Cell line engineering strategies for improved biopharmaceutical production in mammalian cells often involve the expression of one/multiple genes to try and improve the cellular processes involved in recombinant protein production. Most strategies are relatively simple, involving the use of a strong constitutive promoter for expression of one or more proteins to help increase production. Results often vary and can be cell line and product specific and mean a generic strategy is unlikely to be found. There is a need for more sophisticated expression systems which can express multiple genes but in a controlled fashion and tuned to meet the needs of a specific product. This thesis can be split into two distinct parts but both concern the expression of multiple genes in mammalian cells and recombinant protein production. A tunable mammalian expression system for multi-gene engineering composed of elements of the mammalian unfolded protein response has been developed. ATF6 (activating transcription factor 6) and its binding element (ERSE – ER stress response element) were used to control the expression of the reporter proteins SEAP (secreted alkaline phosphatase) and GFP (green fluorescent protein). By expressing different amounts of ATF6 and by inserting different numbers of ERSEs upstream of a SV40 (Simian virus 40) promoter, driving SEAP/GFP gene transcription, the level of reporter protein expression could be manipulated in a controlled fashion. The system was capable of controlled/tunable expression of both reporter proteins when expressed alone and when they were co-expressed. This a novel use for ATF6 and ERSE and the first step towards the development of a tunable mammalian expression system for multi-gene engineering. This system could also be easily modified to include or use different transcription factors and binding sites as well as having the potential to use completely synthetic components. This work also showed that the presence of ‘promoter interference’ (the negative influence of one promoter on another) could be used to our advantage to increase the range of expression. The SV40 early, human CMV (cytomegalovirus) major immediate-early and human EF1α (elongation factor 1 alpha) are constitutive promoters frequently used in recombinant protein production. The former being used mainly for expression of selection genes and the latter two for strong expression of recombinant proteins. The differences in the strengths of the promoters was demonstrated in CHO (Chinese hamster ovary) cells (CMV > EF1α > SV40) and also their abilities to negatively affect the expression from a co-expressed promoter. The negative influence of one promoter on another is termed ‘promoter interference’. The CMV promoter was shown to have the greatest negative effect on expression from another promoter, decreasing both SEAP mRNA and protein expression, while the SV40 had the least. SEAP expression from the SV40 was reduced the most by the presence of a competing promoter. The level of interference inflicted by a competing promoter (CMV > EF1α > SV40) seemed to be relative to its strength. This is the first time these three important promoters have been compared in a way which not only demonstrates their relative strengths but also their ability to interfere with another promoter when present in the same transient expression system. This also has implications for their use in multi-gene engineering strategies if there is a need for controlled/tunable expression of multiple genes. The work with ATF6 and ERSE showed how ‘promoter interference’ could be used to our advantage and not necessarily be just a negative occurrence. One hypothesis for why promoter interference occurs is there is competition between promoters for shared transcription factors (TFs). The promoters were analysed for potential transcription factor binding sites (TFBSs) using the programs MatInspector and ModelInspector. The analysis showed that the SV40 promoter had the least number and variety of potential TFBSs. Both the CMV and EF1α had greater numbers and variety of potential TFBSs. All three promoters had common potential TFBSs but the SV40 promoter shared a greater proportion of its sites with the other two promoters. The number of potential TFBSs and the proportion which were shared reflected both the strength and the ability of a promoter to interfere with another. All three contained TFBSs for the SP1 (specificity protein 1) family of TFs and over-expression of SP1 counter-acted the effects of promoter interference showing that it can affect the expression of all three promoters. However, promoter interference will involve more than just a single TF and also more than just competition for transcriptional activators. This is the first time these three promoters have been compared in terms of the potential TFBSs they contain. The TFBS analysis highlighted the complexity in the control of these promoters and with the effects of promoter interference means that they will be ill suited for the controlled expression of multiple genes without modification. The work in this thesis was directed towards the controlled expression of multiple genes in mammalian cells for recombinant protein production. We have presented one novel way of controlling the expression of one/two genes with the rest of the thesis looking at the phenomenon of ‘promoter interference’ between three commonly used promoters. This thesis tries to highlight the importance of multi-gene expression systems as well showing that these three promoters may not be suitable without further modification and also the importance of considering promoter interactions when more than one is present in the same system. The switch to completely synthetic multi-gene control systems is something we envisage happening in the future as the complexities and capabilities of these systems grow.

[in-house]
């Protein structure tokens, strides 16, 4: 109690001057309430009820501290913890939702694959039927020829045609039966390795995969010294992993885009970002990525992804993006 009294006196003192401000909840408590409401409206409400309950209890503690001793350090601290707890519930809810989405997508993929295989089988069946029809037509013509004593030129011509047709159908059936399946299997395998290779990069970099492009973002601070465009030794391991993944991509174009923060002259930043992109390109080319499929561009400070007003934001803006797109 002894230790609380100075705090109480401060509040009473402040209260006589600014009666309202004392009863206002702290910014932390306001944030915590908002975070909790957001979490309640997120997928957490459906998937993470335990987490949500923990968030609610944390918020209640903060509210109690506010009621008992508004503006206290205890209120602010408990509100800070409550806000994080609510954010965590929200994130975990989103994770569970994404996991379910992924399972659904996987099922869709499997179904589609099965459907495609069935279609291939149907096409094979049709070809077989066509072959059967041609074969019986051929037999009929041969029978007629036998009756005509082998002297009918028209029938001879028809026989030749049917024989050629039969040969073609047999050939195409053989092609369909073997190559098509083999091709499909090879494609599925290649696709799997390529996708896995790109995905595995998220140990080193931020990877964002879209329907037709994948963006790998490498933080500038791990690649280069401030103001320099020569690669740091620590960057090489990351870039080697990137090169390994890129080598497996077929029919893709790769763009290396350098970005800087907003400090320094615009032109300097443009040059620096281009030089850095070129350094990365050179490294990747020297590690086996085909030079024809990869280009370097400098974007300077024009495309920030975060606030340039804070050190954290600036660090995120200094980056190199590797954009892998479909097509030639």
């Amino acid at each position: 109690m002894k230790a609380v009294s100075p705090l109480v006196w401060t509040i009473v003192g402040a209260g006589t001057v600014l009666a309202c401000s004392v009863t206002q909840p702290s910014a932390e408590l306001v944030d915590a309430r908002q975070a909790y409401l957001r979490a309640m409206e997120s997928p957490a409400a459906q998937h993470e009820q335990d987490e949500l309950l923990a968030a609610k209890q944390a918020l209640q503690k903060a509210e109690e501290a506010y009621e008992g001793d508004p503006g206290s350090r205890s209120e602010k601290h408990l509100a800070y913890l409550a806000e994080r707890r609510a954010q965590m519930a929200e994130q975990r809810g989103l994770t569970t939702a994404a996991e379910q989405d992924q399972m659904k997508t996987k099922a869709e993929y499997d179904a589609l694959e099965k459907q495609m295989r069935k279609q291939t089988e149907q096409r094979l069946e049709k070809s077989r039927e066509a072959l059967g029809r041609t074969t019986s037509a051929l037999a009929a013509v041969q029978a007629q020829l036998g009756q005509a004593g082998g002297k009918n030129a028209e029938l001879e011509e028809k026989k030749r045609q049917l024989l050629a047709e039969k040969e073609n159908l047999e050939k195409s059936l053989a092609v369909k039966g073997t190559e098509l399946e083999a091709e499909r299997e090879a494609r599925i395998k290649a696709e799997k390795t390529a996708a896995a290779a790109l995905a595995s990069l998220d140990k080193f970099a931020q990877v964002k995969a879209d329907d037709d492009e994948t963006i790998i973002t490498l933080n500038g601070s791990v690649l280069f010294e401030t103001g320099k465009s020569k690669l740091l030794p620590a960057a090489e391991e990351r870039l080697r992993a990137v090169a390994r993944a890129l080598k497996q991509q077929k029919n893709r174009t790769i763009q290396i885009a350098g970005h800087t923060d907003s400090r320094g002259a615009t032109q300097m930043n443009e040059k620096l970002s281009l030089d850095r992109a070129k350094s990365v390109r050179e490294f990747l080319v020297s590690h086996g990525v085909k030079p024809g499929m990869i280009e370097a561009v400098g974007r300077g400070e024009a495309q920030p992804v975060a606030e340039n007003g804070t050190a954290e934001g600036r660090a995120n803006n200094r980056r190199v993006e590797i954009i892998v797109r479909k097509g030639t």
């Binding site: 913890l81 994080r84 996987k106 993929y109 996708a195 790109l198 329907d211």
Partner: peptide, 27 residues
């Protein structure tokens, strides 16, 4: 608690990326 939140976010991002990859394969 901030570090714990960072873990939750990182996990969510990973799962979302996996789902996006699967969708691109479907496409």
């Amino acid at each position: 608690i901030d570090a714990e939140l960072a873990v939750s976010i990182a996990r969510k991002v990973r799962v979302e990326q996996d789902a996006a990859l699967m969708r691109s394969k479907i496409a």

Supervisor: James, David C. Sponsor: Not available
Qualification Name: Thesis (Ph.D.) Qualification Level: Doctoral
EThOS ID:  DOI: Not available